Monday, November 29, 2004

Who are "we"
After the election, I planned to write a rousing manifesto about what we needed to recover and take back the country. However, I was too burned out to do much more than scribble disjointed notes to myself and procrastinate. Weeks have passed now and many of my blogging betters have poured out page after page of good recommendations. At this point, rather than try to say something original, I think my best course would be look over the many good recommendations out there and lend my support to those I think are best and most likely to produce results.

Before I go into the specific proposals out there I'd like to point a potential source of confusion and unnecessary conflict. When we say "we" must do this or "we" must do that, there are at least four different we's involved in this discussion. The four groups are not identical, although here is considerable overlap between them. In addition, good objectives for one group might be terrible, even repugnant, for one or more of the others. The main belief we all share is the feeling that the Bush revolution and the style of politics that accompany it must be stopped.

Picture a Venn diagram, one of those figures of overlapping circles on a graph used to represent the intersections of sets. The background graph is the traditional left-right or liberal-conservative scale of American politics.

The first group fills an oval (red outline) that extends from somewhat right of center well to the left. This is the Democratic Party.

The second oval (green outline) extends from dead center almost to the left edge of the chart. This oval is wider than the Democratic Party oval as includes some people who don't fit well on the single axis liberal-conservative scale (I'll say more about them in a minute). This oval represents Liberals and Progressives.

The third oval (black outline) very closely matches the overlap between Liberals and Democrats. This is Left Blogistan. Left Blogistan is closer to the center than Right Blogistan, which starts about half way to the right wall and presses hard against the wall forming a vertical oval (they're not part of this discussion and therefore not on the chart).

The fourth group involved in our "what is to be done" discussion fills an oval (big friendly pink outline) that goes a bit further left that the Democrats and almost equally far to the right and above and below the traditional scale. This represents people of good will who want to end the dangerous level of confrontation in politics and fix the system. They can be found all across the traditional spectrum, except at the extremes, and in many areas of politics that don't easily fit on the scale, such a Libertarianism, some strains of Populism, and among many single issue constituencies like free speech advocates.

Naturally, reality will be messier than this. In reality each group will have empty spots, outliers, and very ragged borders (especially Left Blogistan). The actual overlap would be patchier, too. But you get the idea.

We're just not going to come up with one neat manifesto-like program that will suit all the constituencies. We shouldn't try. Anything that only contains what we all agree on would be so vague and wish-washy as to be meaningless. What we really need are four manifesti. We need the maturity to accept that our closest allies will disagree on some things and even work against us on some things. We need to the maturity to live with that and make clear-sighted distinctions between good, though temporary, alliances and bad, but attractive, access to power with a price.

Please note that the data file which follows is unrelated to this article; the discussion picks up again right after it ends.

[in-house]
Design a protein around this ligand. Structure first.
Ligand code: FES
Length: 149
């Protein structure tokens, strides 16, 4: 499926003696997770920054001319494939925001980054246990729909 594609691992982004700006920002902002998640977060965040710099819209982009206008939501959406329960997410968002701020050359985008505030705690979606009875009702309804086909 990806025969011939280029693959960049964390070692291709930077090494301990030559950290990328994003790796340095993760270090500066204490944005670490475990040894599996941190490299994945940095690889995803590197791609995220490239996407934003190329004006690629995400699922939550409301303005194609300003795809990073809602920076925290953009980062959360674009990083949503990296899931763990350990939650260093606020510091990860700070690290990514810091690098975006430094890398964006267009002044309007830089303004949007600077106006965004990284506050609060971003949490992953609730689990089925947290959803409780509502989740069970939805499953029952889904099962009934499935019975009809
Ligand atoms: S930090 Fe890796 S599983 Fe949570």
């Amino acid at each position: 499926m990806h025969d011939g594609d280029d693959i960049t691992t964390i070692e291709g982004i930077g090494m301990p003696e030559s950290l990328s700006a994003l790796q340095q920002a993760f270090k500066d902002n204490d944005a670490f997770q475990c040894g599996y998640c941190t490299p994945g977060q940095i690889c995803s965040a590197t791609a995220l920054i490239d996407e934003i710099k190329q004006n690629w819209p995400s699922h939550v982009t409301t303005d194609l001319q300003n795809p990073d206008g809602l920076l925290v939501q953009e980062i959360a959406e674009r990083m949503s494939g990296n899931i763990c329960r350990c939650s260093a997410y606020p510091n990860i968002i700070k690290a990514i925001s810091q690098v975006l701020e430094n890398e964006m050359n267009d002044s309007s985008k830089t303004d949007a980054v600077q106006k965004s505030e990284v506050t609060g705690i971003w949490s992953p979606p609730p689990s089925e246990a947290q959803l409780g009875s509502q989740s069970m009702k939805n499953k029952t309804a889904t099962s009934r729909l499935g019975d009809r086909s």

Even within a single group we're likely to find strong disagreements over ultimate goals, preferred tactics, desirable alliances, and acceptable sacrifices. Between groups, the differences will run deeper and be more frequent. Each grouping has a different set of goals. The Democrats want to revitalize their party and return it to majority status. To do that, they are willing to make compromises and alliances that could shove some progressives out the door. The progressives want to advance certain issues that are close to their hearts. To do that they would like to take over the Democratic Party, but they will abandon it in droves if they feel too many important issues have been sold out. The sane government people want to end the dangerous confrontation in society and bring our legislatures back to honest problem solving. They have a temporary interest in helping Democrats disarm the amuck running New Republicans, but many would rather belong to a non-insane Republican Party. The Left bloggers just want high-paying political or journalistic jobs where they can tell everybody what's wrong with them.

As a good government advocate, I want to take redistricting out of the hands of partisan legislatures. As a Democrat, I plan to work to take over as many legislatures as possible and use that power for all it's worth after the 2010 census. I'd like to get rid of the Electoral College, but I'm planning an Electoral College strategy for 2008. I'm from the left side of the Democratic Party, but I do want to bring in more moderates (or convince more moderates that they should be Liberals).

The point of this pedantic exercise is to say that we need to sort out our objectives and not unnecessarily complicate things combining issues that don't need to be combined. The next time you hear a leftie shouting, "you're either with us or against us" and drawing a line in the sand, try to figure out which goal they are really pursuing at the moment. Then bludgeon them into silence and go find someone less silly to hang out with. Only spoiled rich idiots say things like "you're either with us or against us."

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